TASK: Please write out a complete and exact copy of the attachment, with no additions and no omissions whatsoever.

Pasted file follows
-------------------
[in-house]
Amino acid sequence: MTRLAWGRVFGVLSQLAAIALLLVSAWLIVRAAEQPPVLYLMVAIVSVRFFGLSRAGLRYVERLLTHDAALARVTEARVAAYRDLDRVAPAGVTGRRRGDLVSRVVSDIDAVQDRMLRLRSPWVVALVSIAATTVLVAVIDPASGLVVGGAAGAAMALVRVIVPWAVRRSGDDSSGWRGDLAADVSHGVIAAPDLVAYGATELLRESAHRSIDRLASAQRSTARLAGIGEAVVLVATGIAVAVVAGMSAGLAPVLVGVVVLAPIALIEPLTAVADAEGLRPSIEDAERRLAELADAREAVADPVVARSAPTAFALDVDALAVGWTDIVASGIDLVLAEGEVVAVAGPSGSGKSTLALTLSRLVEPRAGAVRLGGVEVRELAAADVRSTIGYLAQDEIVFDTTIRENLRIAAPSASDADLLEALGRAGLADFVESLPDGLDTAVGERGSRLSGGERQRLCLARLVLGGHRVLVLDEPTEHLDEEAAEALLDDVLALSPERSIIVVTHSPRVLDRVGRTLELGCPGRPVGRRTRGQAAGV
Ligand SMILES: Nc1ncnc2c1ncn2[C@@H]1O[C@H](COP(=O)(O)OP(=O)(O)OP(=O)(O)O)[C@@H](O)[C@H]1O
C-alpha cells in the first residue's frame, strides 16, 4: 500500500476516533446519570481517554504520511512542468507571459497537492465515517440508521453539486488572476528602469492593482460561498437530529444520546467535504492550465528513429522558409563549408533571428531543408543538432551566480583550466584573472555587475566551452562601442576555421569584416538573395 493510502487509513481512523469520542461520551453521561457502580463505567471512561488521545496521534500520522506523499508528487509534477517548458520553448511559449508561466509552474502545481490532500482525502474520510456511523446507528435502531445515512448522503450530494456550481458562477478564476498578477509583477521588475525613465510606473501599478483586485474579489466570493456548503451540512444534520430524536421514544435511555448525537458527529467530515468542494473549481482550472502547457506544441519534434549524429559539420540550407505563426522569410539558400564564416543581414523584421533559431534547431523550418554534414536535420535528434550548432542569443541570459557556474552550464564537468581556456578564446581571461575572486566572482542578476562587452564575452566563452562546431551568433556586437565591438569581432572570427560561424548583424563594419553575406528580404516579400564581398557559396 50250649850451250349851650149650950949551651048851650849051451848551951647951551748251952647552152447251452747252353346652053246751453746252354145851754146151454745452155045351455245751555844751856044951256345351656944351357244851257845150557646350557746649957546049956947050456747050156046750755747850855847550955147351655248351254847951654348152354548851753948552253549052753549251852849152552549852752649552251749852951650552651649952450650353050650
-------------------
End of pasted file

[in-house]
Amino acid sequence: MTRLAWGRVFGVLSQLAAIALLLVSAWLIVRAAEQPPVLYLMVAIVSVRFFGLSRAGLRYVERLLTHDAALARVTEARVAAYRDLDRVAPAGVTGRRRGDLVSRVVSDIDAVQDRMLRLRSPWVVALVSIAATTVLVAVIDPASGLVVGGAAGAAMALVRVIVPWAVRRSGDDSSGWRGDLAADVSHGVIAAPDLVAYGATELLRESAHRSIDRLASAQRSTARLAGIGEAVVLVATGIAVAVVAGMSAGLAPVLVGVVVLAPIALIEPLTAVADAEGLRPSIEDAERRLAELADAREAVADPVVARSAPTAFALDVDALAVGWTDIVASGIDLVLAEGEVVAVAGPSGSGKSTLALTLSRLVEPRAGAVRLGGVEVRELAAADVRSTIGYLAQDEIVFDTTIRENLRIAAPSASDADLLEALGRAGLADFVESLPDGLDTAVGERGSRLSGGERQRLCLARLVLGGHRVLVLDEPTEHLDEEAAEALLDDVLALSPERSIIVVTHSPRVLDRVGRTLELGCPGRPVGRRTRGQAAGV
Ligand SMILES: Nc1ncnc2c1ncn2[C@@H]1O[C@H](COP(=O)(O)OP(=O)(O)OP(=O)(O)O)[C@@H](O)[C@H]1O
C-alpha cells in the first residue's frame, strides 16, 4: 500500500476516533446519570481517554504520511512542468507571459497537492465515517440508521453539486488572476528602469492593482460561498437530529444520546467535504492550465528513429522558409563549408533571428531543408543538432551566480583550466584573472555587475566551452562601442576555421569584416538573395 493510502487509513481512523469520542461520551453521561457502580463505567471512561488521545496521534500520522506523499508528487509534477517548458520553448511559449508561466509552474502545481490532500482525502474520510456511523446507528435502531445515512448522503450530494456550481458562477478564476498578477509583477521588475525613465510606473501599478483586485474579489466570493456548503451540512444534520430524536421514544435511555448525537458527529467530515468542494473549481482550472502547457506544441519534434549524429559539420540550407505563426522569410539558400564564416543581414523584421533559431534547431523550418554534414536535420535528434550548432542569443541570459557556474552550464564537468581556456578564446581571461575572486566572482542578476562587452564575452566563452562546431551568433556586437565591438569581432572570427560561424548583424563594419553575406528580404516579400564581398557559396 50250649850451250349851650149650950949551651048851650849051451848551951647951551748251952647552152447251452747252353346652053246751453746252354145851754146151454745452155045351455245751555844751856044951256345351656944351357244851257845150557646350557746649957546049956947050456747050156046750755747850855847550955147351655248351254847951654348152354548851753948552253549052753549251852849152552549852752649552251749852951650552651649952450650353050650